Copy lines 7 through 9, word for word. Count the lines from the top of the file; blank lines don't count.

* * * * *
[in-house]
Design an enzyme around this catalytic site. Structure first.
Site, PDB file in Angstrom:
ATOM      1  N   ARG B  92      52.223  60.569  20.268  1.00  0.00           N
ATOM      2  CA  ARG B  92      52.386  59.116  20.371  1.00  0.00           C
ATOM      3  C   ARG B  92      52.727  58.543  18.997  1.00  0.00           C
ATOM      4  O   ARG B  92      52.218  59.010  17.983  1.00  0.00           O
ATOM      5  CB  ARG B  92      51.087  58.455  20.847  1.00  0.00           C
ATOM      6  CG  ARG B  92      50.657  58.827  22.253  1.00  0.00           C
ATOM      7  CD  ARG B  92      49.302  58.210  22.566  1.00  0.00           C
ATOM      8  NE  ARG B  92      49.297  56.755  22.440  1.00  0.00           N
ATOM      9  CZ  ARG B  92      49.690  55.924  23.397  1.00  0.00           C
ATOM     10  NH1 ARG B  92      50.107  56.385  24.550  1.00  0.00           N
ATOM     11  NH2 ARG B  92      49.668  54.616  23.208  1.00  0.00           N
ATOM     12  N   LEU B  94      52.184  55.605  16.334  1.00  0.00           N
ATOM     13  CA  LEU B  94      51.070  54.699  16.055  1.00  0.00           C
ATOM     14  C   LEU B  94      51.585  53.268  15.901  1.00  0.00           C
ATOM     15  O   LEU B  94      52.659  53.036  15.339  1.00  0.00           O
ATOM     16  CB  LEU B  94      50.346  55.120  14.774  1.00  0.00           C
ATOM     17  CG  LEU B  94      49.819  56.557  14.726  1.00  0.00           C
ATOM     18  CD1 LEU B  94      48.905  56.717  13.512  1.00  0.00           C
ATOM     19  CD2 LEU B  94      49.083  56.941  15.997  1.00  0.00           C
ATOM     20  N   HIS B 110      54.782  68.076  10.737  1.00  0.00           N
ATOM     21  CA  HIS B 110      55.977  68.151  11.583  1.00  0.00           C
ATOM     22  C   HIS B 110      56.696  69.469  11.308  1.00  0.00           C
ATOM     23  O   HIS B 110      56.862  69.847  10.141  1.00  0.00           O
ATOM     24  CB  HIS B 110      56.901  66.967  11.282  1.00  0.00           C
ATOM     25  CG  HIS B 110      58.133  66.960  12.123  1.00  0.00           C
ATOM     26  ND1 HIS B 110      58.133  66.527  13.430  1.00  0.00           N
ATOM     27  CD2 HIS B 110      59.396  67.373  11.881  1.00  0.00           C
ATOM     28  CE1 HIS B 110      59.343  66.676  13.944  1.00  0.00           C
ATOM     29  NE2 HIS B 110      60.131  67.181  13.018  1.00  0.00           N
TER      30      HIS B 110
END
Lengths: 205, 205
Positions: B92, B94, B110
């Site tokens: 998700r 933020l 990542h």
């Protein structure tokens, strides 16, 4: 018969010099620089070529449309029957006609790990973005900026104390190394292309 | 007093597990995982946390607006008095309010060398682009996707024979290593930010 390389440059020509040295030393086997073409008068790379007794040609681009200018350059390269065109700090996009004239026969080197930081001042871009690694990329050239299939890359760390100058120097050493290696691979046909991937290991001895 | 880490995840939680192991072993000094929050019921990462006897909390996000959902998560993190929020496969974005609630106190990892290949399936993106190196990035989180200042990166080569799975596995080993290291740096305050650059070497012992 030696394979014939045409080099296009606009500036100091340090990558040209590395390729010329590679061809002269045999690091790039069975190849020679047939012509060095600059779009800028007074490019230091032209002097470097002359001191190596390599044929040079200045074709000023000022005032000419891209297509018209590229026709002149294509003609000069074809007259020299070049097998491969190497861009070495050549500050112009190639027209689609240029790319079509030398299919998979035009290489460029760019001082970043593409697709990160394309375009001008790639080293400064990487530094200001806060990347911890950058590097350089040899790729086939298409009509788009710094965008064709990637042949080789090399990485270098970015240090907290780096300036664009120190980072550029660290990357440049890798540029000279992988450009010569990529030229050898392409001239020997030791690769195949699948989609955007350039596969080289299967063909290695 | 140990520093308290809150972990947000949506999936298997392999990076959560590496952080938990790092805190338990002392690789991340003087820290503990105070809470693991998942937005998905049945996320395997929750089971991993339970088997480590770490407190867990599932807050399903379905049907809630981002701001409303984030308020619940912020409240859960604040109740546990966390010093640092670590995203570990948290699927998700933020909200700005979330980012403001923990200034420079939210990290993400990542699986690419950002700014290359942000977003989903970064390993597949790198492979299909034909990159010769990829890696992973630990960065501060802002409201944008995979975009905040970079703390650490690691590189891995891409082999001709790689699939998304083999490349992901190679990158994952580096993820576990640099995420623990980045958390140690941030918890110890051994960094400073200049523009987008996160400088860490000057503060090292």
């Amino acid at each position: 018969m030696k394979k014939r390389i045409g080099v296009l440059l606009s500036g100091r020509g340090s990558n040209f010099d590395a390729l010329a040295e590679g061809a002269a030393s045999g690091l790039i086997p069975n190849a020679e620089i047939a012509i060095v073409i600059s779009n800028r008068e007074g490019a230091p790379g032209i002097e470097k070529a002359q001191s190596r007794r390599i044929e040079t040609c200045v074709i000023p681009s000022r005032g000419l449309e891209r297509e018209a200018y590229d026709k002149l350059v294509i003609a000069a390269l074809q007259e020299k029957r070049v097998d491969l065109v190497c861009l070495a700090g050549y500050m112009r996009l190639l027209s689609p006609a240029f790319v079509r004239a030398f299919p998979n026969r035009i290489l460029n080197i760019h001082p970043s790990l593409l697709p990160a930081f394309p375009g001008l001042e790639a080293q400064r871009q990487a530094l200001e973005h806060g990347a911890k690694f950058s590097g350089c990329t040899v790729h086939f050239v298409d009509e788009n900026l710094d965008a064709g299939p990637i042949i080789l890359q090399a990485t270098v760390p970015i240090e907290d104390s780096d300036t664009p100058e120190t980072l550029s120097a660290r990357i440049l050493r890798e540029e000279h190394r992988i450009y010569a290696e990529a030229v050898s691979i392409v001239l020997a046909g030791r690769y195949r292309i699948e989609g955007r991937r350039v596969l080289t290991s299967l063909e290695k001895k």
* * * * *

ATOM      4  O   ARG B  92      52.218  59.010  17.983  1.00  0.00           O
ATOM      5  CB  ARG B  92      51.087  58.455  20.847  1.00  0.00           C
ATOM      6  CG  ARG B  92      50.657  58.827  22.253  1.00  0.00           C